True Blood: A Hush-ed Puppy

A review of “A Hush-ed Puppy” from the True Blood Cookbook.

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A Hush-ed Puppy by Maryann Forrester

maryann-forrester-true-blood-death-scenesMaryann Forrester would have a recipe with a dark name like this.  Especially given her rocky relationship with shapeshifter Sam Merlotte, who often takes the shape of a dog.  And we know she’s not afraid of snuffing out those who get in her way!

I really enjoy hush puppies, though I’ve only had them a few times, so I was hoping for a nice taste on this one.  I actually just had some recently at Rhinehart’s Oyster Bar while in Augusta, GA for work, and those were absolutely delicious so I’m somewhat comparing!

Hush puppies use very few ingredients, which means not too much prep time.  That’s always nice!  What’s not so great about this recipe is that it does involve the deep fryer, which can be tricky to get to an exact temperature sometimes, especially if you’re frying over the stove instead of in an actual fryer.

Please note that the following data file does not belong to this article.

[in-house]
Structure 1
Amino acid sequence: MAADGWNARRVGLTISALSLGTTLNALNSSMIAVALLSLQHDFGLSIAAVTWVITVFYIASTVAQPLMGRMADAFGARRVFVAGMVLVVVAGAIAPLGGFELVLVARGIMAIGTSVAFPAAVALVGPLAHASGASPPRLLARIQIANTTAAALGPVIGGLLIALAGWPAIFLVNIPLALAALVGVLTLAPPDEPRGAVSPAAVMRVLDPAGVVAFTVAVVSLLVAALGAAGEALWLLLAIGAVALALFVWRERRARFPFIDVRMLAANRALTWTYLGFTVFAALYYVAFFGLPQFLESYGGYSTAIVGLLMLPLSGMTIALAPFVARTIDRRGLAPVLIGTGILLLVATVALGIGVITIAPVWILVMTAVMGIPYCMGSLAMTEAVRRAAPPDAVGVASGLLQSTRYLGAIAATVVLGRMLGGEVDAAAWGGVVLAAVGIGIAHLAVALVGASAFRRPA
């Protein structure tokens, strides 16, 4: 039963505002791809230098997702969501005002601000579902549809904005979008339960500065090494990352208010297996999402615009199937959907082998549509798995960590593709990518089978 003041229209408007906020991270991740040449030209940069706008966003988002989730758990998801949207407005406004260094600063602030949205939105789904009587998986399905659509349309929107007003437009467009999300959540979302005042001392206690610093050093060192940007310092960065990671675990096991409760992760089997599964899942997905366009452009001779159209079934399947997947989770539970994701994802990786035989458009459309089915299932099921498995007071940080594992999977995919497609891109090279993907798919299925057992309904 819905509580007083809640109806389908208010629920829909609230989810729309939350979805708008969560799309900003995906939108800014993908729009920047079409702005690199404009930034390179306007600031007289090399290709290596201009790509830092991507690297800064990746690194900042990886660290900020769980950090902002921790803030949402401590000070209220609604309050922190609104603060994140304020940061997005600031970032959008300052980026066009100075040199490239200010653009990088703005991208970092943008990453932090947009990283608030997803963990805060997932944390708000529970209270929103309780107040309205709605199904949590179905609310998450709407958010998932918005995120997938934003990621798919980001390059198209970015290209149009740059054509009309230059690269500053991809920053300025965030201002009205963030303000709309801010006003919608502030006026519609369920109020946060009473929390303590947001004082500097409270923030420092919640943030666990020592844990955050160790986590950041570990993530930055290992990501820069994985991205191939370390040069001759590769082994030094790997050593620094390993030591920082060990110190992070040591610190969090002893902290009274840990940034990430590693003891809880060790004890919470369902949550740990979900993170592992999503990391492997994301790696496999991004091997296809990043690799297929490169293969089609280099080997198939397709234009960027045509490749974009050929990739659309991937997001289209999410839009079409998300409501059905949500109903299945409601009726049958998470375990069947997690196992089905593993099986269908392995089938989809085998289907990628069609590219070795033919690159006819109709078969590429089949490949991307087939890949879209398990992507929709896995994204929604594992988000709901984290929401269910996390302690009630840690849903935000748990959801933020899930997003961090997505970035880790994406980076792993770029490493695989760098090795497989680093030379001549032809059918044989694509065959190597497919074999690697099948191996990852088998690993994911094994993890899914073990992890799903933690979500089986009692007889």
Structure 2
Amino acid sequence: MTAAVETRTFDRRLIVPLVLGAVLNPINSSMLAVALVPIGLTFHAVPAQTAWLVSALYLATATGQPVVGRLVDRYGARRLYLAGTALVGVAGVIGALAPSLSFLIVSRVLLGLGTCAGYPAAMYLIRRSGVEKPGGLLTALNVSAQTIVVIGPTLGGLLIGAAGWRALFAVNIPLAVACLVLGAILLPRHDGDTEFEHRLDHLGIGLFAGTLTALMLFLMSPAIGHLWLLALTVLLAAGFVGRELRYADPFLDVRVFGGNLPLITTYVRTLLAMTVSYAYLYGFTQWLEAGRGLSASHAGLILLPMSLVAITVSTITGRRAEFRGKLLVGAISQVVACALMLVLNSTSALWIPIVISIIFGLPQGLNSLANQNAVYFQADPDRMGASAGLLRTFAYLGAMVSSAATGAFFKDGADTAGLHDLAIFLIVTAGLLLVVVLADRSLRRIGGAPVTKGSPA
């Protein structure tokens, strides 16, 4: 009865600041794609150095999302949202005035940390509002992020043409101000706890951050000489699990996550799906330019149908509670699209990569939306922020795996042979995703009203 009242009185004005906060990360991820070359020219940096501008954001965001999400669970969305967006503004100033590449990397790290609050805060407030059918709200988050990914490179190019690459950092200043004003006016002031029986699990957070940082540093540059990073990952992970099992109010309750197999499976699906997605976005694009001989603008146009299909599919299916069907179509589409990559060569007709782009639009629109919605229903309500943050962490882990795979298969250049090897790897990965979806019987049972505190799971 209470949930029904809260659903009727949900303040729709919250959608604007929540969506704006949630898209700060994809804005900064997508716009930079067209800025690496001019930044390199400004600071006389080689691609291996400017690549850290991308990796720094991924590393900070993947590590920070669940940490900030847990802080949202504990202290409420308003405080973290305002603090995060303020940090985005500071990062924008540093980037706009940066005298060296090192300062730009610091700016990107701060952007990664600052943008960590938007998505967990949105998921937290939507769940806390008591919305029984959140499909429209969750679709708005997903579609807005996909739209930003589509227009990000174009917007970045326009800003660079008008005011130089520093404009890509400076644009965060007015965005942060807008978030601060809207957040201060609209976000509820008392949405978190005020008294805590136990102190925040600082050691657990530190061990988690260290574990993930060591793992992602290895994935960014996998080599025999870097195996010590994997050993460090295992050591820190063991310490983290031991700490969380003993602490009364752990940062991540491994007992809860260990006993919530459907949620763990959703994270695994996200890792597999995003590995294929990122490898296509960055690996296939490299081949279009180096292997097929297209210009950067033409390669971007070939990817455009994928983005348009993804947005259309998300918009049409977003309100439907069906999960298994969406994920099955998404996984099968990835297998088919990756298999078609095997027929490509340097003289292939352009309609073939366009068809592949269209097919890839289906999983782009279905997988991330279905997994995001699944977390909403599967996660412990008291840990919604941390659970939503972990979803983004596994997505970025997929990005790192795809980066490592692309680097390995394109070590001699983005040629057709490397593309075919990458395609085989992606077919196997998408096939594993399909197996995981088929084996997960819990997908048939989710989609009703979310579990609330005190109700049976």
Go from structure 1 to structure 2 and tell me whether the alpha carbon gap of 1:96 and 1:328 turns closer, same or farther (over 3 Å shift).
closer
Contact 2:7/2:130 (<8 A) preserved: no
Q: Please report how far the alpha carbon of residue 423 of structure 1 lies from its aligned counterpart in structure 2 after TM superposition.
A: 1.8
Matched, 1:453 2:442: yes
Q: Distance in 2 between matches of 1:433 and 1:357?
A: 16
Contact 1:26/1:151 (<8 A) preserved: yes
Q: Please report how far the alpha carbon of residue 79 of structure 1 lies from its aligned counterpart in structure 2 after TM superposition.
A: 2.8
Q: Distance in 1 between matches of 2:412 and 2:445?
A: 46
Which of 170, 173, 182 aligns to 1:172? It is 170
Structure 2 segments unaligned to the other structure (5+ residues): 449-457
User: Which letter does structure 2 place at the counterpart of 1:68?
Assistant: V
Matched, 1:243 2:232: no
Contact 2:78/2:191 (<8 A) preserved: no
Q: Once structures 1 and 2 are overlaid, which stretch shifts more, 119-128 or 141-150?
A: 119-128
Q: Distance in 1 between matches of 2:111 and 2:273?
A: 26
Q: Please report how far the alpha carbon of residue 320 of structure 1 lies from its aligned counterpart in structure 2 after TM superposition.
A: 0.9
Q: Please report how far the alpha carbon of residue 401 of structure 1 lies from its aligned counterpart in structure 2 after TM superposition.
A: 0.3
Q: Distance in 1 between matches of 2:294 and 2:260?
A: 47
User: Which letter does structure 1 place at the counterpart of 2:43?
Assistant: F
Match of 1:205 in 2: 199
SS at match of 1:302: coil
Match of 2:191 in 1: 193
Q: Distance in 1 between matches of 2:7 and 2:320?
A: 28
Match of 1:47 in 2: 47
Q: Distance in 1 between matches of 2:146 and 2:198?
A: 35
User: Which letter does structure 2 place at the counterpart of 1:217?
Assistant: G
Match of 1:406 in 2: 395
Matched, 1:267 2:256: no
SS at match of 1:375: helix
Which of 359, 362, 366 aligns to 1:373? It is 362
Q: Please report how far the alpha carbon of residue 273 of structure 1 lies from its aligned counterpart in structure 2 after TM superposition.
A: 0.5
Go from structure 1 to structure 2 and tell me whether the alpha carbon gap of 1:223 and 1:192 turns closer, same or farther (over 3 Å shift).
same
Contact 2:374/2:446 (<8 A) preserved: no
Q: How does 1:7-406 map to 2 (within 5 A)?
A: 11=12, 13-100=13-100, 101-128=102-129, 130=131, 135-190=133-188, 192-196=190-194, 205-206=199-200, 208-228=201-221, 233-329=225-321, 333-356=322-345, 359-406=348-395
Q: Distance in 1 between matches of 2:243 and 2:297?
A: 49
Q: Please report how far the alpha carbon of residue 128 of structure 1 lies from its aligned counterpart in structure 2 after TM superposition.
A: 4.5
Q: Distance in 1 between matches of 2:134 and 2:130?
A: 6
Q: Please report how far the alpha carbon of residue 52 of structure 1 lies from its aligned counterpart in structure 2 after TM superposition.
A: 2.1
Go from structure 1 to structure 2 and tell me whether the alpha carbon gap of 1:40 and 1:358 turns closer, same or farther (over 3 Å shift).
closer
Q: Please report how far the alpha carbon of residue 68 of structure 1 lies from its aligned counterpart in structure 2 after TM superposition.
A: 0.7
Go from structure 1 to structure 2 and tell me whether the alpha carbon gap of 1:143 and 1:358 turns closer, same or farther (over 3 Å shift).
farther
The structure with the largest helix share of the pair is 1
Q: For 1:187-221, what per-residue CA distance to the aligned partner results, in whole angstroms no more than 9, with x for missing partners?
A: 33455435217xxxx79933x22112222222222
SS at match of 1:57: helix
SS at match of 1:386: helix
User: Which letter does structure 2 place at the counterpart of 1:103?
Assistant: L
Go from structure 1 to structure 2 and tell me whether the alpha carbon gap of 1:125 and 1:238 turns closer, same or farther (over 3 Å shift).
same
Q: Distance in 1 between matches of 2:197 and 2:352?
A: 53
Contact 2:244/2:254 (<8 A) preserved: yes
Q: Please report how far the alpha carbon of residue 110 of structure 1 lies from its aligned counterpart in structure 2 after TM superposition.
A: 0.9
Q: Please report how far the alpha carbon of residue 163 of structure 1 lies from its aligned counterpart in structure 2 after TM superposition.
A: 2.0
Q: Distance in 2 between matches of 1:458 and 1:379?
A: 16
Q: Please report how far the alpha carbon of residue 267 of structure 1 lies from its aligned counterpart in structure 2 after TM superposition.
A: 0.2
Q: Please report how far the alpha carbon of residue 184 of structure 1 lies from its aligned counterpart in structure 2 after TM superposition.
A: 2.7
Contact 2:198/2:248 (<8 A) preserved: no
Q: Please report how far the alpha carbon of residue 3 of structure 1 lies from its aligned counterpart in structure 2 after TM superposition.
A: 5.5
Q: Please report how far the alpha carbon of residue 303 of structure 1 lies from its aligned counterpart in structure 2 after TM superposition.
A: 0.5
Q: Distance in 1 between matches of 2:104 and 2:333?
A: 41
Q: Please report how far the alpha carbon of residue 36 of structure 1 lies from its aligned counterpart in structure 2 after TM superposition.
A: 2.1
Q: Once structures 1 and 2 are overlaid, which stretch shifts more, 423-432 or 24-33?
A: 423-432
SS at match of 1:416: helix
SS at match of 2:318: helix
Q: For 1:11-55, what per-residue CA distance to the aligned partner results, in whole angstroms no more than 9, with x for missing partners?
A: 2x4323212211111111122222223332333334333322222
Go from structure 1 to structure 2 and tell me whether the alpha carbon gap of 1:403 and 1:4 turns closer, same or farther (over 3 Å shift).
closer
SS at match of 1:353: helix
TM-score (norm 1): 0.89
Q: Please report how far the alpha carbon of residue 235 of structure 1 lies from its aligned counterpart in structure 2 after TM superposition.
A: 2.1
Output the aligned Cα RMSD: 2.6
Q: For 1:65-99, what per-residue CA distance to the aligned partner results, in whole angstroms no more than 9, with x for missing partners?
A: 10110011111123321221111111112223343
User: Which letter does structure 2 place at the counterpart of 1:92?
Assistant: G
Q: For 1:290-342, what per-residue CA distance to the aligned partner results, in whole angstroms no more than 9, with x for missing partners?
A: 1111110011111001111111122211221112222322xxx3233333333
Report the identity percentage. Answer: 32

First, the dry ingredients are mixed together (flour, baking powder, salt, cornmeal), followed by the wet ingredients being added (eggs and buttermilk).  Finally, the green onion and garlic are mixed in.20190810_155747

Once the oil is the correct temperature, rounded spoonfuls of the mixture are plopped into the oil (carefully!) and cooked for about 3 minutes until browned evenly all the way around.

They’re then drained on paper towels, sprinkled with salt and pepper, and ready to eat while hot!

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Taste: 6/10

I thought these were pretty bland and boring.  The green onion and garlic flavors didn’t come through enough, and this definitely needed more flavor.  Maybe if I used lard to fry instead of vegetable oil it would have tasted a bit better.  I think more green onion and garlic is needed as well.  They were also a little bit dry, which I think happened while I was waiting for the oil to heat up.  I probably should have added a little bit more buttermilk before I started adding the batter to the oil.

Difficulty: Average

The batter is super simple to prepare, but the tricky part here is the frying.  I always find it’s not only tricky to get the temperature accurate, but also to ensure you don’t over or under fry your food.

Cost: Cheap

All you need is flour, baking powder, salt, cornmeal, eggs, buttermilk, green onion, garlic, and vegetable oil or lard for frying.  Most of those are likely in your pantry already!

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